Maria Altmann, who died on 7 February aged 94, was a refugee from Nazi-occupied Austria who successfully fought to recover Gustav Klimt paintings looted from her Jewish family.
Altmann was already in her 80s in 1998 when she and her friend and attorney E Randol Schoenberg began a legal fight with the Austrian government over the paintings, which included a celebrated gold-encrusted picture of her aunt, Portrait of Adele Bloch-Bauer. The 1907 masterpiece hung in the Gallery Belvedere in Vienna; the Austrian government contended that Altmann's aunt, who died in 1925, had willed it to the Austrian national gallery.
However, Schoenberg argued that the claim was invalid, and that the family's art collection was plundered more than a decade later by the Nazis.
Altmann's lawsuit was given little chance of success at the time, but in 2004, the US Supreme Court ruled that her suit could proceed. In 2006, an Austrian mediation panel awarded the five paintings to Altmann and four other heirs. Portrait of Adele Bloch-Bauer was purchased for $135m that year and is now in the Neue Galerie in New York. The other four paintings were auctioned for $192.7m later that year and are now in private collections.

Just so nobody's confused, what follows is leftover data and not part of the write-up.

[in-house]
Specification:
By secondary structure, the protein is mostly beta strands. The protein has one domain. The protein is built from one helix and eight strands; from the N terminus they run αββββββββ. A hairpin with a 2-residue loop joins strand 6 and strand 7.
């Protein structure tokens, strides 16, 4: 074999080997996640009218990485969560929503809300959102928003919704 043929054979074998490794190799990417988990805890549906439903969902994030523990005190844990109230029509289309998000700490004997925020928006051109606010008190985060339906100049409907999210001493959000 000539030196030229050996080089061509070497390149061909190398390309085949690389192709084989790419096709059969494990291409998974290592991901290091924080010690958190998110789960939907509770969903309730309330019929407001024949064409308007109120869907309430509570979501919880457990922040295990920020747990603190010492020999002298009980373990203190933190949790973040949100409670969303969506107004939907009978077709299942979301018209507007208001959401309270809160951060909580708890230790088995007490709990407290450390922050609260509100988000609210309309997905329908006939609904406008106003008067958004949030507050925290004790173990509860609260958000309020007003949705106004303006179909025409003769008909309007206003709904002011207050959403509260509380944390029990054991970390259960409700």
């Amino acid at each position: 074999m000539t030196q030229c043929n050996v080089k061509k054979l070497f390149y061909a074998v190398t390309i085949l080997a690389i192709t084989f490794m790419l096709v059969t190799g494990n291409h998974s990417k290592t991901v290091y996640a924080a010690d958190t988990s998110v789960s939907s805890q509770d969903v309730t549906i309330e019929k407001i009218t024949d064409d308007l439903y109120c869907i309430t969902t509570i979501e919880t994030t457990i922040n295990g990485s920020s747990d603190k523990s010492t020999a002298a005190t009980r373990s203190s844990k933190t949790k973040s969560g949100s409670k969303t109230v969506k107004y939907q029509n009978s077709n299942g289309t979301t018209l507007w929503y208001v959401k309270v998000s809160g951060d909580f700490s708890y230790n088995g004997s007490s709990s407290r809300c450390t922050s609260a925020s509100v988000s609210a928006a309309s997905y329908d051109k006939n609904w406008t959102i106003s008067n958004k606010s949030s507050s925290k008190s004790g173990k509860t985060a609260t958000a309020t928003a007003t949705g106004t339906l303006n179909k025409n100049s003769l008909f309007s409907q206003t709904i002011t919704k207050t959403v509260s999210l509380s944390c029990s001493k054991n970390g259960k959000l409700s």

Altmann (left, AP), who was born Maria Viktoria Bloch-Bauer in Vienna, came from a wealthy Jewish family that was stripped of its businesses, home and other wealth after Germany annexed Austria in 1938. She was a 21-year-old newlywed when the Gestapo seized her husband, Fritz, and sent him to the Dachau concentration camp in an effort to force his brother to turn over a textile factory. The Gestapo flew her to Berlin to seal the deal for her husband's release. They then fled to the Netherlands and later moved to the US.
Her aunt's husband fled to Switzerland, and his home and art collection were seized. He died in Zurich in November 1945 after failing to recover his wife's portrait and other paintings.
In 1998, an Austrian investigative journalist revealed details of the Nazi plundering of Jewish-owned artworks, and Austria enacted a law requiring the return of looted art. Altmann, then an elderly grandmother, began her fight to recover her family's property.
The Vienna group Jewish Community called Altmann a "fearless fighter for justice".Reuse content